The meltdown in the technology sector? Sure, it’s bad. Strained relationships between venture capitalists and their limited partners? That’s bad too. But the single biggest concern among Silicon Valley’s investment community is the difficulty entrepreneurs are having with tight-fisted investors in getting their startups funded.
That was the consensus among venture capitalist, LPs, entrepreneurs and analysts at The Venture Adventure: One Year After. The event, sponsored by Santa Clara University’s Center for Innovation and Entrepreneurship and the Churchill Club, took place last week at the University’s Silicon Valley campus. Panelists included Dixon Doll, founder and managing partner of Doll Capital Management, John Goodrich, a founding member of Silicon Valley law firm Wilson Sonsini Goodrich & Rosati, Nancy Schoendorf, managing partner with Mohr Davidow Ventures and Les Vadasz, president of Intel Capital.
“Are worthy ventures being starved for capital? Terribly so,” says the now retired Goodrich, who joined WSGR in 1970. “It’s not just about money. People are driven to build stuff and those people still exist. The question is: How do you support these people? You do it by restructuring the venture industry so it can take care of those people. Lots of venture capitalists haven’t really addressed this yet.”
VCs these days are steering clear of brand new deals. Although valuations are down across industry sectors, the pace of early-stage investing is down considerably from last year, which itself is down from the go-go days of 2000. In the second quarter of this year, 207 startups received first-round financing totaling $1.2 billion, down from 313 companies that pulled in $1.8 billion during the same period a year ago, according to Venture Economics.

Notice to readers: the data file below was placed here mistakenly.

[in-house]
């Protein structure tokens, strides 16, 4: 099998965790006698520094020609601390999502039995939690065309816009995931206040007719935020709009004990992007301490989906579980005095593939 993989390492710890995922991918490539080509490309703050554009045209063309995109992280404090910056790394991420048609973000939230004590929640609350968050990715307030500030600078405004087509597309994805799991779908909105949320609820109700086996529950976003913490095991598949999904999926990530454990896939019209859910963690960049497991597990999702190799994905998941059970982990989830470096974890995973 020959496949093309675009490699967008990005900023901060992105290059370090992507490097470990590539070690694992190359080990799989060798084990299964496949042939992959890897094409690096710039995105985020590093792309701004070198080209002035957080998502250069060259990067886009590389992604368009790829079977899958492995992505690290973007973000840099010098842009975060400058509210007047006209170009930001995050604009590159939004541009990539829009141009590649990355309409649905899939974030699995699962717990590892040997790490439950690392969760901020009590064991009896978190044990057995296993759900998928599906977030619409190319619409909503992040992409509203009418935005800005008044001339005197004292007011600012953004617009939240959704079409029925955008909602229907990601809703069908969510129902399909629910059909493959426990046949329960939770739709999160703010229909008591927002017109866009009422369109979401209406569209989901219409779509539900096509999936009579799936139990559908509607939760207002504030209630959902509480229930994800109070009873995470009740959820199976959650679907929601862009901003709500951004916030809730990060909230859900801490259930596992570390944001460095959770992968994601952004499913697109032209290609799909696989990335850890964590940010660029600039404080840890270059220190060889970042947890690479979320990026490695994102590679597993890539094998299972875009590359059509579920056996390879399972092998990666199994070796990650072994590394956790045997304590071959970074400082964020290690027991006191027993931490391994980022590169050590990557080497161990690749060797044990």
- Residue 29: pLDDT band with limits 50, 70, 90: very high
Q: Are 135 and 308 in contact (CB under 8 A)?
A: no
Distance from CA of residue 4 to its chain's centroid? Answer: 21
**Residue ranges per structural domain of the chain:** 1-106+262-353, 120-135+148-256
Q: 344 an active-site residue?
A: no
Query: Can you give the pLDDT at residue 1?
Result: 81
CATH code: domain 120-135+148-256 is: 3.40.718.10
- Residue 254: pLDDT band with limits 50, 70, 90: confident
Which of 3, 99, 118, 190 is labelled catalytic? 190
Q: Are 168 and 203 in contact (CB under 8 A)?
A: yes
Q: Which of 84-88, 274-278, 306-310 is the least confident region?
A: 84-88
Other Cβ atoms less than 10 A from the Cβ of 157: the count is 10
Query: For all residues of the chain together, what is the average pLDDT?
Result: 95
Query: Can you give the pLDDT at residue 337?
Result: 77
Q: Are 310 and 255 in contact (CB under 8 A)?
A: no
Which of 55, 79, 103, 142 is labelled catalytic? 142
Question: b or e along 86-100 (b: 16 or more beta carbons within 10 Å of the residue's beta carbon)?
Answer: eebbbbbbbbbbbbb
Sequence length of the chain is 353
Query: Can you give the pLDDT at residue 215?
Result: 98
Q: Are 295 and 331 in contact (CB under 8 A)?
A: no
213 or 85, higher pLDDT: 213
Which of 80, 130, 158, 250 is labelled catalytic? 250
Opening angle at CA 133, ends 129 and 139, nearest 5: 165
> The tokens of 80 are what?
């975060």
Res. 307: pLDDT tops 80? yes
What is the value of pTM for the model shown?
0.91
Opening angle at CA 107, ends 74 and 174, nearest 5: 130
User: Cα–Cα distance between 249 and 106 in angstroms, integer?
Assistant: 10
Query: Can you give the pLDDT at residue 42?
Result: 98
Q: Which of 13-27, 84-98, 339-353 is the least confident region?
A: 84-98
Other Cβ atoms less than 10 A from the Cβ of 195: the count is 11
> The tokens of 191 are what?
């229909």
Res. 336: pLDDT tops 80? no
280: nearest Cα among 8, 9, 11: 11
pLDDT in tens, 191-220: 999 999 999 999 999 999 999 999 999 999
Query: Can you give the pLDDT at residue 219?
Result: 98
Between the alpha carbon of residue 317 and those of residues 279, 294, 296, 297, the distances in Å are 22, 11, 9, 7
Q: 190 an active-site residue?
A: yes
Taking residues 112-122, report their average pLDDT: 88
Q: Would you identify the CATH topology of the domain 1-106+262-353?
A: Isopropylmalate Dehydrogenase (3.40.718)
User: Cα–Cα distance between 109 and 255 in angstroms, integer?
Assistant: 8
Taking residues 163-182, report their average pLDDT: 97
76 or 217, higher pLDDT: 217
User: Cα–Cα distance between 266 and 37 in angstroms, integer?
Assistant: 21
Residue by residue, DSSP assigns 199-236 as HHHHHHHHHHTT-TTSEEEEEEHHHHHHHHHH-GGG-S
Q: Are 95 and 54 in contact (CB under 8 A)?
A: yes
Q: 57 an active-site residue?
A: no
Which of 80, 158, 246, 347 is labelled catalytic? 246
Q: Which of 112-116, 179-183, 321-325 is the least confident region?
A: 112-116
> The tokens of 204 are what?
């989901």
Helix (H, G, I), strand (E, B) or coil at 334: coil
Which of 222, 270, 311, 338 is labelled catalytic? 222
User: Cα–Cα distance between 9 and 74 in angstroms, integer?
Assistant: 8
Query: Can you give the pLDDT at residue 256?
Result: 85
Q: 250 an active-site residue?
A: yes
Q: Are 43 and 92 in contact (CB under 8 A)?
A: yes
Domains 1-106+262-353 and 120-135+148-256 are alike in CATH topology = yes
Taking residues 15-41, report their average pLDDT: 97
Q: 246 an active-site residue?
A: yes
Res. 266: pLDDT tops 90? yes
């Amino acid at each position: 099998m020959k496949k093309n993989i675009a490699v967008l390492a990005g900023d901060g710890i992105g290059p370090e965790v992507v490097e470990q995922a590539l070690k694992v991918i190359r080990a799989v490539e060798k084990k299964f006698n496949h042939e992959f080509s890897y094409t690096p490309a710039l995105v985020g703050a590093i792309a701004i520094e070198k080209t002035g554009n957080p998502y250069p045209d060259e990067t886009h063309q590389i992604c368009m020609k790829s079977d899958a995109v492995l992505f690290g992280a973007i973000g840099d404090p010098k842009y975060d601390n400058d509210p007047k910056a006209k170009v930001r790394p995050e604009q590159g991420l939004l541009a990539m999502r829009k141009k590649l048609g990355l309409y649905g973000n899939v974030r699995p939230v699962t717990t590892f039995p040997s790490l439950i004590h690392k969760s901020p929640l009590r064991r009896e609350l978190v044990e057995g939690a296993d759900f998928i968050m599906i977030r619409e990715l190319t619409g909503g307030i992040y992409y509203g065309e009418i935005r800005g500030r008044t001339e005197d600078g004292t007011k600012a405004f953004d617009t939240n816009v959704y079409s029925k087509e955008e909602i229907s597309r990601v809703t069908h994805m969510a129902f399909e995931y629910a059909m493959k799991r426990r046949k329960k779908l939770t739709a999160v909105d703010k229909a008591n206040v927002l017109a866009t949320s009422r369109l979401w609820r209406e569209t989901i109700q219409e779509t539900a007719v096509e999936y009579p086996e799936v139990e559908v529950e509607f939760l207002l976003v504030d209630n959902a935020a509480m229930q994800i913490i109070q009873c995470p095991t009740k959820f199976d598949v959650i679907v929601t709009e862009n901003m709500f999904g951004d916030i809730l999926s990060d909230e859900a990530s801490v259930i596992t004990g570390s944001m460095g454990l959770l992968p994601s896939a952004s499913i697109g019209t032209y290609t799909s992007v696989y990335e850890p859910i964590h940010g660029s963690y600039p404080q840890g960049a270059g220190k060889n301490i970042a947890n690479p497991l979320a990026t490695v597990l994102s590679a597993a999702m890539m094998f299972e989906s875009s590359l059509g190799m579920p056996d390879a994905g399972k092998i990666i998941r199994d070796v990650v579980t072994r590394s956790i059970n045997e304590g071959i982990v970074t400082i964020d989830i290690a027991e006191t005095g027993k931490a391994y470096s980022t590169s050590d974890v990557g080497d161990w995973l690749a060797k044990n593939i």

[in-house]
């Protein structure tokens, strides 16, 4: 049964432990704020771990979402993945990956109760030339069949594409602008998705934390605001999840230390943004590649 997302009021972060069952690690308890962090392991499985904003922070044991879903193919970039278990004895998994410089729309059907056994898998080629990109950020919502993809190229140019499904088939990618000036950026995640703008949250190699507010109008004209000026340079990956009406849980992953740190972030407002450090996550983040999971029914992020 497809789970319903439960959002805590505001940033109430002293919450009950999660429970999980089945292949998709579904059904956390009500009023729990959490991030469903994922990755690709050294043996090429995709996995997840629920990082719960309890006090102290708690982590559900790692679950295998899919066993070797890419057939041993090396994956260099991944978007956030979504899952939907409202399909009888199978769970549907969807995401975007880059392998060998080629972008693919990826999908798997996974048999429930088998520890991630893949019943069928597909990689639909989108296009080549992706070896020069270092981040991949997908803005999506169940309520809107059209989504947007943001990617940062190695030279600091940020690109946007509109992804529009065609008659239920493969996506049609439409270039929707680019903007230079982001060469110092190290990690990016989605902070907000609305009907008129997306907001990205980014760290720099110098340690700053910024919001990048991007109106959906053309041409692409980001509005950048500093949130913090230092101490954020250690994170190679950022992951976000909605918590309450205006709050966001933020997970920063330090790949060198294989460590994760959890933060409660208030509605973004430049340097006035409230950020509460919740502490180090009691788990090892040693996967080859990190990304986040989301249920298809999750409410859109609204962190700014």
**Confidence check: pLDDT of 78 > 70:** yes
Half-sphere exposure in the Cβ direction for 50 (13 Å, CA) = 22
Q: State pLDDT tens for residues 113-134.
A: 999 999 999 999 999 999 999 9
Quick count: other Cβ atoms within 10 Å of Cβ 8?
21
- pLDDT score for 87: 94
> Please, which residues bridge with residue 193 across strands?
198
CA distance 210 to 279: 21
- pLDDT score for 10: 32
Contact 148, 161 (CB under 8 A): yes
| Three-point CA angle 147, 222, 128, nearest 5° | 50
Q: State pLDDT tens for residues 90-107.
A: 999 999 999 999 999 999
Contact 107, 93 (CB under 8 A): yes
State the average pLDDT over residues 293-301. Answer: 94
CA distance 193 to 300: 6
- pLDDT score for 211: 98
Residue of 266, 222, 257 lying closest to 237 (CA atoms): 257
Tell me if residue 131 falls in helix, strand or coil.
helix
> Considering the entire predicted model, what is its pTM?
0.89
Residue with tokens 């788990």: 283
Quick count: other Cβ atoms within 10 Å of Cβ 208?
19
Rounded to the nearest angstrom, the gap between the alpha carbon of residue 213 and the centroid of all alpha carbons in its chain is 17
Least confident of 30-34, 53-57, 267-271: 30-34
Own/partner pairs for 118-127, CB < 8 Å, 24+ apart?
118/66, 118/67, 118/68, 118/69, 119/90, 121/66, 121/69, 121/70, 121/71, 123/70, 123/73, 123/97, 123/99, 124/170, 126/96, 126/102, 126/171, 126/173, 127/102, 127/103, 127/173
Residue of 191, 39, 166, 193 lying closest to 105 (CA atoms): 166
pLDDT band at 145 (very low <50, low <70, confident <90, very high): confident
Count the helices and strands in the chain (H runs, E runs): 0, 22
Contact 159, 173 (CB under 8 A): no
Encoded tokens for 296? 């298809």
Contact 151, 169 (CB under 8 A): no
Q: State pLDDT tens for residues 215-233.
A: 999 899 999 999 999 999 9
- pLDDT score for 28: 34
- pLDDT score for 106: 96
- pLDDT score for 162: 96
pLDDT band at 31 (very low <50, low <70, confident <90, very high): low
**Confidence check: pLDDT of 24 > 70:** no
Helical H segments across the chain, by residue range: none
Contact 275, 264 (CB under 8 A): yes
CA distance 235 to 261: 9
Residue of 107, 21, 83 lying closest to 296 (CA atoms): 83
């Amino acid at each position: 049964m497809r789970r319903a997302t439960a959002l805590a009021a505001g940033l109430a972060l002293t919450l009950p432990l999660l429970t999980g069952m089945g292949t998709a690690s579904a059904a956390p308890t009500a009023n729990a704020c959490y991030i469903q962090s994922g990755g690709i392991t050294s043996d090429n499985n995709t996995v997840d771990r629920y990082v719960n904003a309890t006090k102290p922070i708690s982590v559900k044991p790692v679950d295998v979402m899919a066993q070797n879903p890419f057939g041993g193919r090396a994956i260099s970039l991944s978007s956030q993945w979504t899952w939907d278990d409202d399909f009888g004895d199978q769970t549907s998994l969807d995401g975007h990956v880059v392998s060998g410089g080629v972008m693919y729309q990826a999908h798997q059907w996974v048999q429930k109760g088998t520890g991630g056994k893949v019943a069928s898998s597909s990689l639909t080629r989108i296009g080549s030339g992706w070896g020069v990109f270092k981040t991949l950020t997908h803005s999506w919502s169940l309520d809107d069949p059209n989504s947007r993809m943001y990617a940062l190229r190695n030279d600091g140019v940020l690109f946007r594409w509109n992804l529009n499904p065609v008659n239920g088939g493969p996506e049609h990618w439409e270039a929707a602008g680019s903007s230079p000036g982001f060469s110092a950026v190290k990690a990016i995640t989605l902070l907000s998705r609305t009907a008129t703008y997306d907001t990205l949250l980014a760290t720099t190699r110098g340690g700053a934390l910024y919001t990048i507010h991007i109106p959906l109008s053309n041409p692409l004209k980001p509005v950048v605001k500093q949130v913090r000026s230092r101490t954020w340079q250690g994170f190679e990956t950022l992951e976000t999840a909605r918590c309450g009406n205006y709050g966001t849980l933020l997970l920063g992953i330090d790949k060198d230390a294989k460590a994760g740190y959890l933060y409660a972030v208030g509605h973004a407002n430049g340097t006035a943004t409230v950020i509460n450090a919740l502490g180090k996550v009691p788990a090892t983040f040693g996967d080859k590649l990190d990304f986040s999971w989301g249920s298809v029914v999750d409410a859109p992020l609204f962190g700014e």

Part of the problem is that the venture capital industry itself is going through a shakeout. Some are closing shop, some firms have already merged, while others are scaling back their funds and reducing the size of their partnerships. “I’m glad the tourists have gone home. I wish more of them would,” says Schoendorf of Mohr Davidow, a firm that in January cut its $850 million seventh fund by 20% to $680 million.
“All the young people that came into the industry need to go out and get a real job with a real company with real profits,” says Doll.
When the shakeout shows signs of waning only then will investors be willing to take on the risk of investing in new companies, but entrepreneurs will have to prove they have more than an interesting technology and a strong management team to secure funding. A startup needs to based on real innovation, more than just a single product, have multiple paths to liquidity and tight execution among its management, says serial entrepreneur Judy Estrin, chief executive of Packet Design.
Still, Mohr Davidow’s Schoendorf warns entrepreneurs not to despair: “There’s still people willing to take risks and get up in the morning because they love doing something. I encourage all of those that have entrepreneurial ideas out there to go for it.”
Contact Carolina Braunschweig